To make updates to your Zip06 account or requets changes to your newspaper delivery, please choose an option below.
If you have an account, please login! If you don't have an account, you can create one.
A Zip06 account will allow you to post to the online calendar, contribute to News From You, and interact with the Zip06 community. It's free to sign-up!Click here to get started!
We're happy you've decided to join the Zip06 community. Please fill out this short registration form to begin sharing content with your neighbors.
We can help! Enter the email address registered to your account below to have your password emailed to you.
Fill out the form below to email this story to a friend×
Wandering by historic homes in Guilford, a passerby will often notice a plaque adorning the front of a building indicating the year the house was built, who built it, and who of importance might have lived there—perhaps a famous figure such as Harriet Beecher Stowe or a soldier. The plaques are a reminder of the people who have come and gone over the years—but what about the people history has since forgotten?
It may have been centuries ago and a practice more commonly associated with the south, but the slave ownership is a part of Guilford’s history. To remember and recognize the slaves who lived in Guilford, the Guilford Preservation Alliance (GPA) is starting the Witness Stone Project, a project through which a stone will be placed on the sidewalk in front of a building or home where a slave once lived or worked in town.
The GPA presented the project to the Board of Selectmen (BOS) on April 3. Member Doug Nygren said the idea for the project stems from something he has seen in Germany. When he first visited Germany nearly 50 years ago, Nygren said the Germans were not very dedicated to remembering their history, but on a more recent trip, he noticed a concentrated effort to publicly remember those who were victims of the Nazis.
“On a small scale in Berlin they have started a program where they put small stones in front of the apartment and homes were the Berliners who had been deported and murdered lived,” he said. “They are very simple stones—they are called stumbling stones, a cobblestone with a piece of brass on them.”
Nygren said the Berlin stones simply state the name of the person, the year they were born, the year they were killed, and the location or concentration camp where they were murdered. After learning more about slavery in Guilford, Nygren said he realized a similar project could work in Guilford.
“The Germans talk about this as creating a discussion with the past,” he said. “[GPA member] Dennis [Culliton] told me about his research on slavery and I was shocked to find out that we had slaves here in Guilford and I suggested to him that one way for us to come to terms with the past, one way of having a discussion with the past…is by doing the same thing and taking a cue from the Germans.”
So the Witness Stone Project was born. Culliton said the goal is to install a witness stone—a small plaque no larger than half a brick—in front of a location where a slave lived, worked, or prayed in Guilford. Cullition says he has information on about 70 slaves who lived in Guilford (and Madison because of how town lines were drawn at the time) and the GPA is partnering with students to learn more about each slave.
“In conjunction with 8th-grade students at Adams Middle School, we will research primary and secondary documents to find out details and write a story about a person who could represent the institution of slavery in Guilford,” he said. “The story of slavery can be uncovered even if it is not readily available. Some of the historic resources can be found in places like the property records vault, the probate records, and in the Henry Whitfield Museum and at the Guilford Free Library.”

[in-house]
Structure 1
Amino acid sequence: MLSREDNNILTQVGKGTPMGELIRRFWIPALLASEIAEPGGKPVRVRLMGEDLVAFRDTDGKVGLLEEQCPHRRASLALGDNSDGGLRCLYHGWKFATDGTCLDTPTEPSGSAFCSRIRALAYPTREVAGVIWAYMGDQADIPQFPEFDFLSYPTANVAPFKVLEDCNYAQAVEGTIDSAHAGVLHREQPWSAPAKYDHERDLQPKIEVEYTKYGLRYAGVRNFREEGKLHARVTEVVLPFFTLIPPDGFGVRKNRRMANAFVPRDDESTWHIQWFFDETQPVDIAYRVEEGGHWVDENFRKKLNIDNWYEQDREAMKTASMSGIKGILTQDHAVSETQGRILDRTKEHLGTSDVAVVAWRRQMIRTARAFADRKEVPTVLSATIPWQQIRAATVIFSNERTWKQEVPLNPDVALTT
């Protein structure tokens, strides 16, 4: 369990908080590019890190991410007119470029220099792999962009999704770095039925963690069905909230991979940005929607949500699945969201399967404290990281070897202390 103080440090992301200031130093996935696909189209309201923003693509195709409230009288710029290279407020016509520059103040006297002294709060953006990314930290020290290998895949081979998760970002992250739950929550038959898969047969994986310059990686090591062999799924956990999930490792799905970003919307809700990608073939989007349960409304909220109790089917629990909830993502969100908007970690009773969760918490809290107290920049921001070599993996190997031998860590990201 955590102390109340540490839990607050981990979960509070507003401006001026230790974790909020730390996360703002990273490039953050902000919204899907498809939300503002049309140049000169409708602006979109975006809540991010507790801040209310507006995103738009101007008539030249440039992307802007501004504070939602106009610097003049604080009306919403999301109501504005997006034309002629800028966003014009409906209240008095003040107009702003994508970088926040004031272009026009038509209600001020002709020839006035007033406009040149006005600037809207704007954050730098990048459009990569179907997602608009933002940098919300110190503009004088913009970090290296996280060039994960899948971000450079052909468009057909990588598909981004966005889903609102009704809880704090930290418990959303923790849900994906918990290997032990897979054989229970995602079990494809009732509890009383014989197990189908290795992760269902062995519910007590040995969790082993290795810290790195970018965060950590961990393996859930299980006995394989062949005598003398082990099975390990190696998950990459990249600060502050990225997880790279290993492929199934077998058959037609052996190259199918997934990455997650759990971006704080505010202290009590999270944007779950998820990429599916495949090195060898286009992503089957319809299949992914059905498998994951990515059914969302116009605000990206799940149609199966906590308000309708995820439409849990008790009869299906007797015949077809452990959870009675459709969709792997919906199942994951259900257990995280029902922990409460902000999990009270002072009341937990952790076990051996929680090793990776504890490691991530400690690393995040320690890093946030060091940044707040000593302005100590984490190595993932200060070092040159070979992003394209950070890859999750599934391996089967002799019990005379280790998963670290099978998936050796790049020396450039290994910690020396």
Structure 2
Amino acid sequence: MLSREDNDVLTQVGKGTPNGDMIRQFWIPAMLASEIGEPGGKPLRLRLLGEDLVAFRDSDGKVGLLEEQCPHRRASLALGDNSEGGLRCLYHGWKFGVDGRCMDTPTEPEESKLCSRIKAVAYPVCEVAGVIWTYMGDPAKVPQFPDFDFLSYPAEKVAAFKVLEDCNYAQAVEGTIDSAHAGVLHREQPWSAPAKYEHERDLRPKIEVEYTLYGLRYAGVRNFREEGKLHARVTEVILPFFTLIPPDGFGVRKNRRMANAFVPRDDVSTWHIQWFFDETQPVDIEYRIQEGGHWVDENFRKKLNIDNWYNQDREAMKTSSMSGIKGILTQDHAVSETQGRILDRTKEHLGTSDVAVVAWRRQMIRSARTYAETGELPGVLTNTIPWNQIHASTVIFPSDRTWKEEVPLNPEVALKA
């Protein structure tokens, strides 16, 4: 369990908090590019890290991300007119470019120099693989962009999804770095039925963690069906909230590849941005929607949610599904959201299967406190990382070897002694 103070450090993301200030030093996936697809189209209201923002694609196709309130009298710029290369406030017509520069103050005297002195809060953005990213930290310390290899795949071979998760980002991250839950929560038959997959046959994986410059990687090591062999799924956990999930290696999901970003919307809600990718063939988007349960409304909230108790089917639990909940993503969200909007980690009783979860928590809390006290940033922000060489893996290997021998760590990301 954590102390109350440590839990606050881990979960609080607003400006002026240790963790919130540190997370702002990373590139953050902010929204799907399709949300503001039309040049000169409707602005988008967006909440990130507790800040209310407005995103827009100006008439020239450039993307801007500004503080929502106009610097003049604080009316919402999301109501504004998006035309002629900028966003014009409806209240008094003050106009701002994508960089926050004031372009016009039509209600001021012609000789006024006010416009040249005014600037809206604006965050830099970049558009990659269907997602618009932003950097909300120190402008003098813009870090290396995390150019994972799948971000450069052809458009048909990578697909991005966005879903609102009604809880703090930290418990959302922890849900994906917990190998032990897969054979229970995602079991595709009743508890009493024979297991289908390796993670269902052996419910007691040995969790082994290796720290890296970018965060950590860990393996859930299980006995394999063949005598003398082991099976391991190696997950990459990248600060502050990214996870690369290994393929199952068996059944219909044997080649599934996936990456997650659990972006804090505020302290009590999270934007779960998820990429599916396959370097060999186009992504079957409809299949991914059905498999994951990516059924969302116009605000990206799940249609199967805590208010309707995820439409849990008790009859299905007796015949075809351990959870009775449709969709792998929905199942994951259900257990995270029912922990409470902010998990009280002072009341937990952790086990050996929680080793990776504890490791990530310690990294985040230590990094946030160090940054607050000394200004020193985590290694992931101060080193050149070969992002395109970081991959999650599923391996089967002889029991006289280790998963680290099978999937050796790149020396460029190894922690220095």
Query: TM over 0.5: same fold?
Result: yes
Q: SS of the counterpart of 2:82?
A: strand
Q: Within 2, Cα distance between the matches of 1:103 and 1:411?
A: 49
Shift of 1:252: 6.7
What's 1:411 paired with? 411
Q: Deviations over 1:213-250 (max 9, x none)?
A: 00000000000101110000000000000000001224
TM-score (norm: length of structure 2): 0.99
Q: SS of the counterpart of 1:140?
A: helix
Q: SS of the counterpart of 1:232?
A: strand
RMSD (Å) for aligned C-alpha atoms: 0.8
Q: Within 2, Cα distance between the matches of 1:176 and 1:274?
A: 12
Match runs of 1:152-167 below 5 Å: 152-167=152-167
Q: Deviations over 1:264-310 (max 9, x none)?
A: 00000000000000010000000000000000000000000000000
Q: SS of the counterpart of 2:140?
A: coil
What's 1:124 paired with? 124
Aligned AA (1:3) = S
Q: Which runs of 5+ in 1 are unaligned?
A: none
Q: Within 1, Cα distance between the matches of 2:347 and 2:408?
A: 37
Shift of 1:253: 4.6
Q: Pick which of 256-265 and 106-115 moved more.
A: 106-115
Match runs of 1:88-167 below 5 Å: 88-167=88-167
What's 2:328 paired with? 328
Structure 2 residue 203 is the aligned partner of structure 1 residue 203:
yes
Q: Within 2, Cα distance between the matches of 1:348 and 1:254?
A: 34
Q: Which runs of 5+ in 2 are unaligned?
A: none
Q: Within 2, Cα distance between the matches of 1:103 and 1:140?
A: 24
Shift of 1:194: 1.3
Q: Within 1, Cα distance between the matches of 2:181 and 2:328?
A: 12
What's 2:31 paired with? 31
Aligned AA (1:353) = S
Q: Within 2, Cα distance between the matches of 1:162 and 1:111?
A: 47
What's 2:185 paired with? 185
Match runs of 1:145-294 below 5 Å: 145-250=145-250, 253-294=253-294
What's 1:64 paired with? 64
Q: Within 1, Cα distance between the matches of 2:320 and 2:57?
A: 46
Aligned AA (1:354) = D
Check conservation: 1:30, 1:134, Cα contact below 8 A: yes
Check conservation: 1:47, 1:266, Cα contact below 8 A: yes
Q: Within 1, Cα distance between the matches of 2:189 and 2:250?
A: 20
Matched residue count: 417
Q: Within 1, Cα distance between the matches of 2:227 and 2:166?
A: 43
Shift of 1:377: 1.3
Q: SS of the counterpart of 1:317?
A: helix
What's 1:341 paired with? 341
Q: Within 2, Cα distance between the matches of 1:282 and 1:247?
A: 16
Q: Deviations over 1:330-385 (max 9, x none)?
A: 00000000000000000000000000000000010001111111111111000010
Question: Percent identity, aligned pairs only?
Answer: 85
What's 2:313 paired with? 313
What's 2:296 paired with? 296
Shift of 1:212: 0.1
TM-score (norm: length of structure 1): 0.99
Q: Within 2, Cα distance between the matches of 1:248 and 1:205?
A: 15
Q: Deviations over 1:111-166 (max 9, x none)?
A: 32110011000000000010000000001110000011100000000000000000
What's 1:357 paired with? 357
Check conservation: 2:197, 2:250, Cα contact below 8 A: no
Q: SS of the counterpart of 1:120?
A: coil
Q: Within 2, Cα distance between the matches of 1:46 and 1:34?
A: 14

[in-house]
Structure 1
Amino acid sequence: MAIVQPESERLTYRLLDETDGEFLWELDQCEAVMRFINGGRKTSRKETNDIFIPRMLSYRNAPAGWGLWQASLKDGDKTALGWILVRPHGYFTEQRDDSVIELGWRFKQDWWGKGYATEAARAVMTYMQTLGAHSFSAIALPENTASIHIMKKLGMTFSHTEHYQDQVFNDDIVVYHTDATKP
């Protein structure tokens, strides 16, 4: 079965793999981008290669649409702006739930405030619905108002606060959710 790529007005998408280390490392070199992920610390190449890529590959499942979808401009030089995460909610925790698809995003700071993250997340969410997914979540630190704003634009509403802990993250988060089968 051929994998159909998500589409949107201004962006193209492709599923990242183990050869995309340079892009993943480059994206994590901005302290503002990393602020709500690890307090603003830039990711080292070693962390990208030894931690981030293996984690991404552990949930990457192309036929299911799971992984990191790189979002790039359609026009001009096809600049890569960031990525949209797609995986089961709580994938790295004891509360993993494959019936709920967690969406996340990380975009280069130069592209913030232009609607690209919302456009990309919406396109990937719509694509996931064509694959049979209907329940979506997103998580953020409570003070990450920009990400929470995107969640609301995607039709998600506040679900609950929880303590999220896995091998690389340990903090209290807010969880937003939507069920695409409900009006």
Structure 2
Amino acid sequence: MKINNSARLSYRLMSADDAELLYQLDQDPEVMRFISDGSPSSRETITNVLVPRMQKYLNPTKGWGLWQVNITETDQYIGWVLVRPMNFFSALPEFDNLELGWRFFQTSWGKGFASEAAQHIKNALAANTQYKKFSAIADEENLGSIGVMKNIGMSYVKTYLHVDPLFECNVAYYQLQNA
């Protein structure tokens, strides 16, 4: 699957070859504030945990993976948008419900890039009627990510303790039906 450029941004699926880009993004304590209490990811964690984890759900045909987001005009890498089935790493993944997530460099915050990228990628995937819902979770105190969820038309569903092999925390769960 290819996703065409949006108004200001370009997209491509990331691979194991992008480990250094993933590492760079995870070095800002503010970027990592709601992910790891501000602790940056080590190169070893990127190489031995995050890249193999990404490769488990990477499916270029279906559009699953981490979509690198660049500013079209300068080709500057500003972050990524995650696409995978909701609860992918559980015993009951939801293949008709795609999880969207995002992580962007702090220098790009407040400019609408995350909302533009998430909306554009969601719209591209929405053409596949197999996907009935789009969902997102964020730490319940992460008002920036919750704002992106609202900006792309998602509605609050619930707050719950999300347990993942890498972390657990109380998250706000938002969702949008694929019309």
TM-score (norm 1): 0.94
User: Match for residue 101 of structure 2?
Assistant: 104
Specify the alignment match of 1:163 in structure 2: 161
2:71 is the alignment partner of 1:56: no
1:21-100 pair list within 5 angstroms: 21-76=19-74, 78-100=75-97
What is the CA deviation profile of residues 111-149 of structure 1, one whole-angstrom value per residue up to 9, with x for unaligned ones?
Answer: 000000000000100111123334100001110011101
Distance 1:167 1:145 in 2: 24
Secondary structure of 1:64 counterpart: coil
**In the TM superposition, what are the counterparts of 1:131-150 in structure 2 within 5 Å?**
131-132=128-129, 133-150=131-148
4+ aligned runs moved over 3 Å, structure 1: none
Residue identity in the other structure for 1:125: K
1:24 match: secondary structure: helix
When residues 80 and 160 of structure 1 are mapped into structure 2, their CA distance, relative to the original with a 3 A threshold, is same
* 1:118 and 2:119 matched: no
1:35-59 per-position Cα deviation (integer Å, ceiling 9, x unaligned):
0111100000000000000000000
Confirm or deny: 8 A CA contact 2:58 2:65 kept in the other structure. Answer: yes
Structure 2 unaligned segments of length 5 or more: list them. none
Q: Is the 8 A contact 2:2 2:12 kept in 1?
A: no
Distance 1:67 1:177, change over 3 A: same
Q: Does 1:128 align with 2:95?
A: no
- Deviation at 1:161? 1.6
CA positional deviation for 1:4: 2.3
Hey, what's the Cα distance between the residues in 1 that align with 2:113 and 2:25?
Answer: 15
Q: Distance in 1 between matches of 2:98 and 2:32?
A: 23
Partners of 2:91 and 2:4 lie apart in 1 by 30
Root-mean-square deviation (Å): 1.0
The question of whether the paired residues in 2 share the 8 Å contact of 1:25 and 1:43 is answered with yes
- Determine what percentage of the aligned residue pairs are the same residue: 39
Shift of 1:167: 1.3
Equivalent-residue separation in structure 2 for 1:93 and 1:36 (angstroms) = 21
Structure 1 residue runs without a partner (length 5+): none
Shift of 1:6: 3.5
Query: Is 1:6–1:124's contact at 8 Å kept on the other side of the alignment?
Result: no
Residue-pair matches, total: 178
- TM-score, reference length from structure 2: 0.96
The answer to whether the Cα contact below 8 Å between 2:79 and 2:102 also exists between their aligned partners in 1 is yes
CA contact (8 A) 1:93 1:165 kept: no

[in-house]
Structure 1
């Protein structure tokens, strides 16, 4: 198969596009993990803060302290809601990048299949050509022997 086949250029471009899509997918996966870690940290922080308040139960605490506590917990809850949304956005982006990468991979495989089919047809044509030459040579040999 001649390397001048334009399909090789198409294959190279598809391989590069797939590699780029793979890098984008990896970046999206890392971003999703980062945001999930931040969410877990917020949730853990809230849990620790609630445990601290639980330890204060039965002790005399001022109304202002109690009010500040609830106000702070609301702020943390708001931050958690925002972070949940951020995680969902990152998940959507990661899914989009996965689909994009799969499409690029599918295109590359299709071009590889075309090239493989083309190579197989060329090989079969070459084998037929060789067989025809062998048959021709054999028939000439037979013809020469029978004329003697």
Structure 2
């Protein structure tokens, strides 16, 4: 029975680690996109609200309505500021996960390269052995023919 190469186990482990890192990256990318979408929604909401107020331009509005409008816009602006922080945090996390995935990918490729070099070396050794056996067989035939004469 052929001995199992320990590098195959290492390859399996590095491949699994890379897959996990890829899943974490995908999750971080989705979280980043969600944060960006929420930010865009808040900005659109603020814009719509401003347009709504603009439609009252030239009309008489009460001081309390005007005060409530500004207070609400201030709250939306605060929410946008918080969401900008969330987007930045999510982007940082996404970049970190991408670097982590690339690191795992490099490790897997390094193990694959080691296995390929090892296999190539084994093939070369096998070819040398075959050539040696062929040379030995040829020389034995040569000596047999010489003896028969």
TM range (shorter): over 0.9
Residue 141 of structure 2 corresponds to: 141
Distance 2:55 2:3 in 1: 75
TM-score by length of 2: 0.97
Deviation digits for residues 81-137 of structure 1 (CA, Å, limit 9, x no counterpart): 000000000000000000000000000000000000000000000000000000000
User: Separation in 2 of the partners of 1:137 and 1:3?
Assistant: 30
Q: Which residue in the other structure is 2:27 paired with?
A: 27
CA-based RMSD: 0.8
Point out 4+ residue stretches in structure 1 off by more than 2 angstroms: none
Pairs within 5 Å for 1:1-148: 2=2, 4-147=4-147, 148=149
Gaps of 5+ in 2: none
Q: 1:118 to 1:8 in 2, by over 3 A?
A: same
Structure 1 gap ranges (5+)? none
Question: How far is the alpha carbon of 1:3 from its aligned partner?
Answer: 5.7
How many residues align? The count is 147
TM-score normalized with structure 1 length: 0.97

After a slave’s history is uncovered, Culliton said the GPA hopes to install at least one stone a year in relevant locations.
“Our little mantra we keep telling each other is one soul, one stone, one year,” he said. “We want to do one of these properly, but after the first year probably do three a year with the 8th graders so they can continue doing research of slaves and different slaves and who they were and who they worked for and what they did.”
Culliton said the GPA will not install a stone in front of a person’s home if they are opposed to the idea, but said the whole point of the project is to shed light on a forgotten moment in history.
“Our town history permeates so much of who we are and where we work and how we live our lives in Guilford,” he said. “We know a lot about Guilford’s history, but some of that history is still being uncovered.”
While the BOS did not need to formally approve the project at the meeting, Culliton did let the board in on a little bit of its own history. In 1792, the Board of Selectmen at the time purchased a slave, Dinah, and the current site of Town Hall has its own history. The first stone the GPA would like to place will recognize Moses, a slave of a preacher, who lived at 31 Park Street—the current location of Town Hall.
“Three hundred and 66 days from now, April 2018, is the 50th anniversary of the death of Martin Luther King Jr.,” said Culliton. “That is the first stone we would want to put in the ground on a Wednesday, the fifth of April 2018, in front of Town Hall.”
Culliton said the GPA hopes to start working with students this coming fall and get the first stone placed next spring. The BOS unanimously endorsed the project.
To learn more about the Guilford Preservation Alliance, visit guilfordpreservation.org/WordPress.
Love Local News?
The 2019 Membership Directory and Guide for the East Haven Chamber has arrived!
The winter issue of Connecticut Family Magazine has arrived!
We turned to our local businesses to find ways to enrich your lives, be better in business, and find a work/life balance.